Today’s the day. The Survival Doctor’s Complete Handbook: What to Do When Help Is NOT on the Way goes on sale. As I told you a couple of weeks ago, this is my most in-depth book yet. It’s the one I’ve been itching to publish since I began my quest to provide information about what to do for medical problems when expert help is not available.
With The Survival Doctor’s Complete Handbook, you’ll have my most important tips at your fingertips anytime—when the electricity goes out, the Internet goes down, or 911 is not a phone call away.
And here’s even more good news: If you buy the book this week (by May 23) through the Reader’s Digest store, at Amazon.com or anywhere books are sold, I’ll include, for free, my PDF guide to preventing infectious disease. Just email your receipt to communications [at] thesurvivaldoctor [dot] com to get the guide.
If your favorite bookstore doesn’t have The Survival Doctor’s Complete Handbook, please ask if they will get it for you. The more who ask, the more places it will be available.
Below is a sample of what you’ll find in The Survival Doctor’s Complete Handbook—a timely excerpt for fishin’ season.
If you’ve ever even thought of going fishing, you need to know how to remove a fish hook. It’s not easy. That barb that keeps the fish from pulling the hook out works just as well on human flesh.
Below is one of the many illustrated how-to procedures in The Survival Doctor’s Complete Handbook. Illustrations are one of the main elements I insisted on to my publisher, Reader’s Digest. I’ve always found that they really enhance my understanding of how-to procedures, and overall understanding of medical problems and solutions. Reader’s Digest agreed. You’ll find over 90 illustrations in this book.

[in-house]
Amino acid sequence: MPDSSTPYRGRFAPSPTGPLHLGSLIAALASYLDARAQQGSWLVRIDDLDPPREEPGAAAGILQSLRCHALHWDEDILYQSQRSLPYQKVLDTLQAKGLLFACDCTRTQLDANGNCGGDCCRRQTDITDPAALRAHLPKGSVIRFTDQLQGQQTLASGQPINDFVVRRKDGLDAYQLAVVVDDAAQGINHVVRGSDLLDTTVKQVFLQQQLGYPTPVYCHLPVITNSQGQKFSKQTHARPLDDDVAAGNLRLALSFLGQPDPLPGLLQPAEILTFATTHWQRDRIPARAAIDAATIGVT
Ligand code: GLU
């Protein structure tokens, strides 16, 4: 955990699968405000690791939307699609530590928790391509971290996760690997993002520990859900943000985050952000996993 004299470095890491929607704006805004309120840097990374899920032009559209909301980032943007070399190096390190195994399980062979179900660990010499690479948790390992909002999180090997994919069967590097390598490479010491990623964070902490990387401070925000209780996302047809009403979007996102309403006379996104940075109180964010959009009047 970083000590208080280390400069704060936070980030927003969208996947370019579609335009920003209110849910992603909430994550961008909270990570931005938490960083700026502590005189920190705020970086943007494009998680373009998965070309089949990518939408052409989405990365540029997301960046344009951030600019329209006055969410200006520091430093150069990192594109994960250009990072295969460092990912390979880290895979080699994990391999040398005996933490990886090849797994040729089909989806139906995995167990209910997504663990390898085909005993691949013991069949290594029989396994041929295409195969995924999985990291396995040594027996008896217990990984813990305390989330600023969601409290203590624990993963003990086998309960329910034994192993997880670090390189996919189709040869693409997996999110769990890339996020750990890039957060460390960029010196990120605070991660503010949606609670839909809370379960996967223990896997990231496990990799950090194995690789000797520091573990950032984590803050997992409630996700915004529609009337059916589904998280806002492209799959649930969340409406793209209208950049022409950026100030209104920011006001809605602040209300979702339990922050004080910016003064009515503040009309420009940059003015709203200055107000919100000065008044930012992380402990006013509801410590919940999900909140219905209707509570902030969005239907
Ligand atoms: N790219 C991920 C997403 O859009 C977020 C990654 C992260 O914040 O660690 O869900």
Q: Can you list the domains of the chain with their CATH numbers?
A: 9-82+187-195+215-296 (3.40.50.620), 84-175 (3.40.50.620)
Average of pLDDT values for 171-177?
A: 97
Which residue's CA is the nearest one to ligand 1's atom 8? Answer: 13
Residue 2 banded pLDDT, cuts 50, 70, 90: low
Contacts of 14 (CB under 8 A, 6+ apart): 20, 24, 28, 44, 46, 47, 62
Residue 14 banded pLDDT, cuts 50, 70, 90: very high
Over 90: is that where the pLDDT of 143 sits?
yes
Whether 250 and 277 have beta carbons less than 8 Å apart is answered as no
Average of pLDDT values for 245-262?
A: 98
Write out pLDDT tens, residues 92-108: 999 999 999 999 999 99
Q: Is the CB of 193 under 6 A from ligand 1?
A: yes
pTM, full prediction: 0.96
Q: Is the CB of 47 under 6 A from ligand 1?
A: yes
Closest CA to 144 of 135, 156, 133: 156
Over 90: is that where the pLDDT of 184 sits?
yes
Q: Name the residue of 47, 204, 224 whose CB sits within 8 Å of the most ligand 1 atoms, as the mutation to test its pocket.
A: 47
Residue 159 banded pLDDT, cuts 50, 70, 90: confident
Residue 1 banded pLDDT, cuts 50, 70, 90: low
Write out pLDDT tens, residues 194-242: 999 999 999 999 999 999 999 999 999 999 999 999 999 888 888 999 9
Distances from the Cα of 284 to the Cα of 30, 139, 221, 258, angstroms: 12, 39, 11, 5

Embedded Fish Hooks
If you’ve ever stuck a fish hook into your flesh, you know they do a good job of digging in to stay. It happens all the time. You hook either yourself, your fishing partner, or some poor soul who just happens to be in the way of your casting. I’ve seen hooked fingers, hands, faces, legs, and cheeks (both front and rear).
Clean the area first. If the hook has more than one barb, put tape around the loose one so it won’t become embedded during the procedure. Find some strong string, such as fishing line or dental floss. Place a length of string around the curve of the embedded hook. Press down on the back of the hook so the barb will dislodge and pull the string quick and fast. The hook may come flying out, so watch your own body parts.
If that doesn’t work, you can advance the hook through the skin and cut the barb off. Ouch. Of course, this is going to damage more flesh, but it is a way to get the hook out.
If you unfortunately hook your eyeball, leave the hook alone and get immediate expert help if at all available. It’s your best chance of saving some vision.
Editor’s note: The Amazon.com link is an affiliate link.